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Solar energy is Madagascar’s key to boosting electricity in rural areas

By David Whitehouse
Posted on Friday, 21 August 2020 10:59

baobab alley in Madagascar
The most famous baobab alley in Madagascar Photo/Ondrej Zaruba (CTK via AP Images)

Groupe Filatex is in talks with Bboxx on a partnership to extend the clean-energy platform’s services to Madagascar, Filatex chief operating Officer George Condé tells The Africa Report.

The discussions, which are at an early stage, are to analyse whether Bboxx’s business model can be adapted to generate solar power for rural Madagascar, says Condé. Filatex is a Malagasy family-owned real-estate company which has expanded into solar and claims 1 million solar customers in the country.

Bboxx operates in countries including Democratic Republic of Congo, Rwanda and Kenya. Its model of using solar-powered systems as a starting point for delivery of further services such as television content has attracted partners such as France’s CANAL+ and private-equity investors such as the African Infrastructure Investment Managers (AIIM). Last week AIIM, which has a stake of about 30%, told The Africa Report that it will invest more money into Bboxx to finance growth.

READ MORE AIIM bets on solar power growth with further investment in Bboxx

Madagascar offers the prospect of rapid growth in electricity consumption, as about 85% of the population has no access to electricity. The country has no national grid, yet it enjoys about 2,800 hours of sunshine per year. That means solar mini-grids may be a viable way forward. “When you go outside the cities, there is nothing,” explains Condé. “Mini-grids area an answer, and so are retail solutions such as Bboxx.”

  • Condé notes that many of the countries where Bboxx operates have higher per-head incomes than Madagascar. Bboxx will need to “find a way to adapt its business and revenue model” to enter the country, he says. “It’s about finding a solution that works for Madagascar.”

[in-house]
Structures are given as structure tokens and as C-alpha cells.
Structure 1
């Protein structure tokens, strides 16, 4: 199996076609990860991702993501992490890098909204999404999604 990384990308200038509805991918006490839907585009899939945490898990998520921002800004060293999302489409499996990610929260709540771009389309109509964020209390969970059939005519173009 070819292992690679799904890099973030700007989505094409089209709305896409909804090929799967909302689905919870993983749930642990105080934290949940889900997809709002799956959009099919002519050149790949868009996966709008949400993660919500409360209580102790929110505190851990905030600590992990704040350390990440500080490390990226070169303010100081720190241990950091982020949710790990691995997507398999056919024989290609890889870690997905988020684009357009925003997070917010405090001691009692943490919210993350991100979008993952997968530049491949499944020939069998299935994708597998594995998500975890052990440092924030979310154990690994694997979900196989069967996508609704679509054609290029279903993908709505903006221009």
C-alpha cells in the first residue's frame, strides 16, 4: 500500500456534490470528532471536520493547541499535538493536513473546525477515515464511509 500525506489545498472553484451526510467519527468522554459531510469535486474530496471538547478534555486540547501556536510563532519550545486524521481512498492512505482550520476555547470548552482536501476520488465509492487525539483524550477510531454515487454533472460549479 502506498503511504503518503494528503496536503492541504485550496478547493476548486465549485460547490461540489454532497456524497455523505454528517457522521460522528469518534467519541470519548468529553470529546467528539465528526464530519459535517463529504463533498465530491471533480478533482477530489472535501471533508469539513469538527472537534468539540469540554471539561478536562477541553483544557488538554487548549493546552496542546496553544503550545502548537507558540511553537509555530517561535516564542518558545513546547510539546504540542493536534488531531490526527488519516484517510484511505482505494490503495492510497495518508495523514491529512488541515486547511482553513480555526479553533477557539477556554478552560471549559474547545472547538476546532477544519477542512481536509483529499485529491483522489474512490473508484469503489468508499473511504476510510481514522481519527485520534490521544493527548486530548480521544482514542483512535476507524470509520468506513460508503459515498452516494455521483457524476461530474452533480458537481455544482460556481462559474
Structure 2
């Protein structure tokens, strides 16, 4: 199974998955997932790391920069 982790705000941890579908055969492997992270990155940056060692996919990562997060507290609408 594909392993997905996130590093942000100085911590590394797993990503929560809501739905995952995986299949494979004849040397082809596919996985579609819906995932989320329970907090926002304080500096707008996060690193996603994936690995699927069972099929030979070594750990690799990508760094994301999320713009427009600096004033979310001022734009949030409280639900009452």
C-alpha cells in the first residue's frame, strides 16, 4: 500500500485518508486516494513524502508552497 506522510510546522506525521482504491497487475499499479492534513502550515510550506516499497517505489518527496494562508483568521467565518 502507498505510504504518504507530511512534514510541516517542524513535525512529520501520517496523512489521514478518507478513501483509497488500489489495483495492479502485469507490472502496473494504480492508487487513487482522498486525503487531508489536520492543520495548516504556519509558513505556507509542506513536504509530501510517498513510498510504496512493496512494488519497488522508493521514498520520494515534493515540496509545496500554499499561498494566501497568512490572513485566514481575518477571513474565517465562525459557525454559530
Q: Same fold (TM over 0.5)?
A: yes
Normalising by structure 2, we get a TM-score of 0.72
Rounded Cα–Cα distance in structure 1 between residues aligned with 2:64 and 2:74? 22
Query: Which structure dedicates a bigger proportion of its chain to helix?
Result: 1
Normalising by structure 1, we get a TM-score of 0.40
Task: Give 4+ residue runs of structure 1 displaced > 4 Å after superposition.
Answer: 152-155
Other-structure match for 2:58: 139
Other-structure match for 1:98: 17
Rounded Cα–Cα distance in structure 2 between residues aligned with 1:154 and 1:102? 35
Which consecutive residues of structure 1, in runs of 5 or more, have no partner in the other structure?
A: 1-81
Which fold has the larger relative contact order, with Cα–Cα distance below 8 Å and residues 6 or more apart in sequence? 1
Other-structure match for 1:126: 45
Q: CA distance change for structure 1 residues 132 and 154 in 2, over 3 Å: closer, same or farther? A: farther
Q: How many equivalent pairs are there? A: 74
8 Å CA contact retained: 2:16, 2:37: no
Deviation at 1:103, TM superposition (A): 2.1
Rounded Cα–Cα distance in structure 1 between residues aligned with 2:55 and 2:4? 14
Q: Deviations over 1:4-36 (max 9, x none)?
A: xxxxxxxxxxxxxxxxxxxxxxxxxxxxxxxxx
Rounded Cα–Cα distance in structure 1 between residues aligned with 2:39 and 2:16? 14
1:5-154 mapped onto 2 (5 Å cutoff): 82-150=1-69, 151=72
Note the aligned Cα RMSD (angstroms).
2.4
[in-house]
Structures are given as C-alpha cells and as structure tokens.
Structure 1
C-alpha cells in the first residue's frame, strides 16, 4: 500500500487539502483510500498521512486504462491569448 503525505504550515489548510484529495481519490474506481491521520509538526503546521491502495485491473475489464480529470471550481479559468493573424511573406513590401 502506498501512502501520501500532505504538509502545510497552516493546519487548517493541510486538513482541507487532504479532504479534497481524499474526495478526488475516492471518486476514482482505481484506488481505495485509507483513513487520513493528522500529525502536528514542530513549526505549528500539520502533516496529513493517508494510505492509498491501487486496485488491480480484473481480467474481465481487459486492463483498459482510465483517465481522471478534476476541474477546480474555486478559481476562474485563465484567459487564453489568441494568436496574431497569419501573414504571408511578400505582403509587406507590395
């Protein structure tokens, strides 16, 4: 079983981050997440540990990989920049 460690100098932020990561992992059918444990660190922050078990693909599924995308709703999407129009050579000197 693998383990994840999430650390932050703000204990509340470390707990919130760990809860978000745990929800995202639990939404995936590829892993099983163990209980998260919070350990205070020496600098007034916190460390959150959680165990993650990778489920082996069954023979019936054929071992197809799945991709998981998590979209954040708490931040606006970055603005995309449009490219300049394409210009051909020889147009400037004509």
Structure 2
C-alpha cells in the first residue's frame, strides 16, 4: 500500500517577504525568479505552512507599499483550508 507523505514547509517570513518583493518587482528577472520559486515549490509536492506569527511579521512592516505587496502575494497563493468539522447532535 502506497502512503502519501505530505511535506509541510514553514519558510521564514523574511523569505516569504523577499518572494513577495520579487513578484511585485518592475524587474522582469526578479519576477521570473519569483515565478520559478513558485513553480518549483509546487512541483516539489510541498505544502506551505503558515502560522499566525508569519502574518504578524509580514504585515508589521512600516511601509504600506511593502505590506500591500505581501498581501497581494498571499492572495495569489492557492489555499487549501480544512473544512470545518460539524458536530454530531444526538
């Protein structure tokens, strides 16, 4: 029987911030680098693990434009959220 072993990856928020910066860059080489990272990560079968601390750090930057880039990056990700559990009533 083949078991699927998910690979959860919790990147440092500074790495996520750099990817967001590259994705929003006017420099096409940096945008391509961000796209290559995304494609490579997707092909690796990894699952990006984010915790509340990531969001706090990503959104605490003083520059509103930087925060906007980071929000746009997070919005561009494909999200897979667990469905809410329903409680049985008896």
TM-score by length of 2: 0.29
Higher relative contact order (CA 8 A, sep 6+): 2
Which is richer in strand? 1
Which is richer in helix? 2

Solar expansion

Filatex secured equipment from its solar supply chains before COVID-19, thus avoiding disruptions, Condé says.

But the pandemic has exposed a reliance on Chinese supply chains in solar power, he adds. He hopes that the implementation of the Africa Continental Free Trade Agreement will help to reduce this dependence. “If you can rely on local manufacturing, it’s always better.”

READ MORE African grid operators that don’t open up to solar risk being left behind

The company’s own expansion plans have been disrupted but not derailed by COVID-19. Filatex said in December 2019 that it was seeking $150mn of finance to enter Ghana, Guinea and Côte d’Ivoire in 2020.

  • The Côte d’Ivoire project is the most advanced, adds Condé. Financing has been secured with term sheets received from banks, he says. Travel restrictions are now the only constraint on beginning operations in Côte d’Ivoire.
  • Entry to Ghana has been delayed as onsite technical studies have not been possible. These feasibility studies need to be concluded before finance can be obtained. Plans to enter Guinea are likewise on hold, he says.
  • The company is expanding in solar power in Madagascar and by 2022 aims to install 170MW of new solar capacity.
  • It is planning about 25MW of mini off-grid solar plants and plans to use the roofs of its warehouses in Antananarivo to generate 10MW of solar power.
  • Filatex has also diversified its risks by making an investment in a hydro-power project in Albania, Condé concludes. The funds will help lift the capacity of the project from 8.3MW to 14.6MW in 2021.

Bottom line

A partnership with Bboxx could be a breakthrough in providing electricity in rural Madagascar.

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